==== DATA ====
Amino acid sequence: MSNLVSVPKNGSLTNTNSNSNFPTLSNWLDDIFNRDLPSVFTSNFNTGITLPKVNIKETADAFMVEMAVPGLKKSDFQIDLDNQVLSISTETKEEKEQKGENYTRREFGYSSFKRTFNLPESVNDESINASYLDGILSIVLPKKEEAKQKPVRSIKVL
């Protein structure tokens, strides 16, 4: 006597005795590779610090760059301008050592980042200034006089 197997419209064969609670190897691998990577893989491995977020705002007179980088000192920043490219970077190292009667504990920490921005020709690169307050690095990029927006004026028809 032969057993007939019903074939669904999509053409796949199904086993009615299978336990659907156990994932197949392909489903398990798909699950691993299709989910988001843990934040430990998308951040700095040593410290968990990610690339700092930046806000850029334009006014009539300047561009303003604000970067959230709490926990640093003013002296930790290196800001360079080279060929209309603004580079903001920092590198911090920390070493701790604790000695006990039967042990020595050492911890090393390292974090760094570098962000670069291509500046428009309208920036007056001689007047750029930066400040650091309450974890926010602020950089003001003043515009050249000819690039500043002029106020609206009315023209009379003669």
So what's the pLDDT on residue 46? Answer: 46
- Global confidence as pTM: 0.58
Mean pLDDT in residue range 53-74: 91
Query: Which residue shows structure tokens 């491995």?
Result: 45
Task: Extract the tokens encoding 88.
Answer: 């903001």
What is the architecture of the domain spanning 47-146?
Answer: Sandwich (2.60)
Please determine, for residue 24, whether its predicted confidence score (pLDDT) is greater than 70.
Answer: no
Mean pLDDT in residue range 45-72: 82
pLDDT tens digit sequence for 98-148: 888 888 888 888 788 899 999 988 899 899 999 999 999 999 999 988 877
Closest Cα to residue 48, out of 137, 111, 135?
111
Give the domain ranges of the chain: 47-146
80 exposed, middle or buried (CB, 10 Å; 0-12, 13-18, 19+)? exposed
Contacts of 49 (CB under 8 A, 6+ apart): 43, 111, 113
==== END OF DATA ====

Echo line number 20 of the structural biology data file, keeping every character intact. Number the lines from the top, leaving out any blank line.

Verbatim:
Contacts of 49 (CB under 8 A, 6+ apart): 43, 111, 113